Over the years, I've had the privilege of coaching and supporting hundreds of professional athletes. During that time I've learned that there are many ways to physically prepare and to personally create optimal performance. I have found that what works for one athlete is often not the best way to train another athlete. I have grown to really appreciate these nuances. This year’s Australian Open tennis finals (both men’s and women’s) demonstrated some of these nuances perfectly.
On one end of the spectrum you have the hard-driving work machine who simply is driven to just outwork their competition. Everything they do is intense, long, and punishing. He or she is driven by the belief that if they work harder and longer than everybody else, they will always come out on top. When things don't go their way, they double their physical efforts.
On the other end of the spectrum you have the strategist. They are strategic in how they spend their energy and they try to apply the “right” amount of intensity to each task. They reflect on what they do well, they calculate the cost of their effort and approach, and they maximize what they do well. They see the big picture when it comes to the stress/recovery curve and would rather undertrain than overtrain so they have some extra gas in the tank if they need it in their competition.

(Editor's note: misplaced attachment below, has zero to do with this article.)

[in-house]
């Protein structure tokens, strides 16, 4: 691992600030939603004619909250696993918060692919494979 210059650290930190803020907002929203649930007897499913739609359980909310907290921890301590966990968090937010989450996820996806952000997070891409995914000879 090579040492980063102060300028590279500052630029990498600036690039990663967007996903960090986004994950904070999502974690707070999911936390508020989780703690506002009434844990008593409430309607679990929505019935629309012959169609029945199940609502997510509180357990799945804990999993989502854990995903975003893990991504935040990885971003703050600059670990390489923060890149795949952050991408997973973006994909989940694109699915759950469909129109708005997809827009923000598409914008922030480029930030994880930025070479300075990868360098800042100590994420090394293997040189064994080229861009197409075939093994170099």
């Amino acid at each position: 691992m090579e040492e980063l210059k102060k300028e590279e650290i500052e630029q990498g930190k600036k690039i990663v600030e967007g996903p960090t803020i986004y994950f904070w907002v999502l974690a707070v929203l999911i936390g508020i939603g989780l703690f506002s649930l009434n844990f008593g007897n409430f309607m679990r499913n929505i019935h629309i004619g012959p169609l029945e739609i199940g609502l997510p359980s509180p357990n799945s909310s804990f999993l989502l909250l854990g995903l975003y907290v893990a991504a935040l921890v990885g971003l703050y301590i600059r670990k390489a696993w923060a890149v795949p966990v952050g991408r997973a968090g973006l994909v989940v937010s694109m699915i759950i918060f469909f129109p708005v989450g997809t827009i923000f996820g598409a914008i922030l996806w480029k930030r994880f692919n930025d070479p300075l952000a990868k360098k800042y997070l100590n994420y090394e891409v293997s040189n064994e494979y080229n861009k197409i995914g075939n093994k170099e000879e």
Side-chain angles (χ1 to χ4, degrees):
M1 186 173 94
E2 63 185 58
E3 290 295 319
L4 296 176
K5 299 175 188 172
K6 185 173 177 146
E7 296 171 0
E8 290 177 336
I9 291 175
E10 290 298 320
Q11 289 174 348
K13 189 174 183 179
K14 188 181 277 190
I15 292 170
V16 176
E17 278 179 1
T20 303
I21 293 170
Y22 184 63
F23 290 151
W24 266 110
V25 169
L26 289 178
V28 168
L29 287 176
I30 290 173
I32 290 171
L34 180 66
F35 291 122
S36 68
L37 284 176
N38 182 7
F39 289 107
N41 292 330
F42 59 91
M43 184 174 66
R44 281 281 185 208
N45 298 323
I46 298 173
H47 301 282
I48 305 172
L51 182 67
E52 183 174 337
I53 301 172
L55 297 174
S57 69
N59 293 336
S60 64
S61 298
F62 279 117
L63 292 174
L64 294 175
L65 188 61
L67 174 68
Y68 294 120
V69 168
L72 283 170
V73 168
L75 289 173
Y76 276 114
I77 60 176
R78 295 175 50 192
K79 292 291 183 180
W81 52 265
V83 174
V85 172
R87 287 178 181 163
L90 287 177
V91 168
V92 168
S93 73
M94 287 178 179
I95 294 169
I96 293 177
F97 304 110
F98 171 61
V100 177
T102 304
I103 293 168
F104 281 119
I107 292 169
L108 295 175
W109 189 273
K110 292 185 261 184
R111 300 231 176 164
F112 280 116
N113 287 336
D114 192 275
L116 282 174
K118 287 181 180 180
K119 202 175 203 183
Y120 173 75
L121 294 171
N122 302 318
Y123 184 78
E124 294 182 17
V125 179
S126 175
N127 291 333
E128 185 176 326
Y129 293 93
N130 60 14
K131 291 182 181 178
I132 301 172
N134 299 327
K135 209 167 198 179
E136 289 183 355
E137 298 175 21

As we work with executives, athletes, coaches, and special operators, we also see these two approaches. There are those who grind day in and day out and others who approach their work strategically and intentionally to spend their energy, time, and effort where it will make the greatest impact. Both of these approaches can be highly effective but our experience has shown us the latter is more sustainable.
What is your personal preference? Has this approach changed as you’ve gotten older? Would you sometimes benefit from applying both approaches? Is your approach sustainable? Does your approach optimize your strengths so you can maximize your impact?
As I stated in my opening, I am fascinated by the nuances of working/training approaches. At the same time, I am passionate about making sure your approach gets you the Sustainable High Performance results you want. In athletic terms, I want you to be an energetic, mentally agile problem-solver who can win in tough competition while remaining injury free.
As always we'd love to hear your thoughts.
Tignum Performance Coach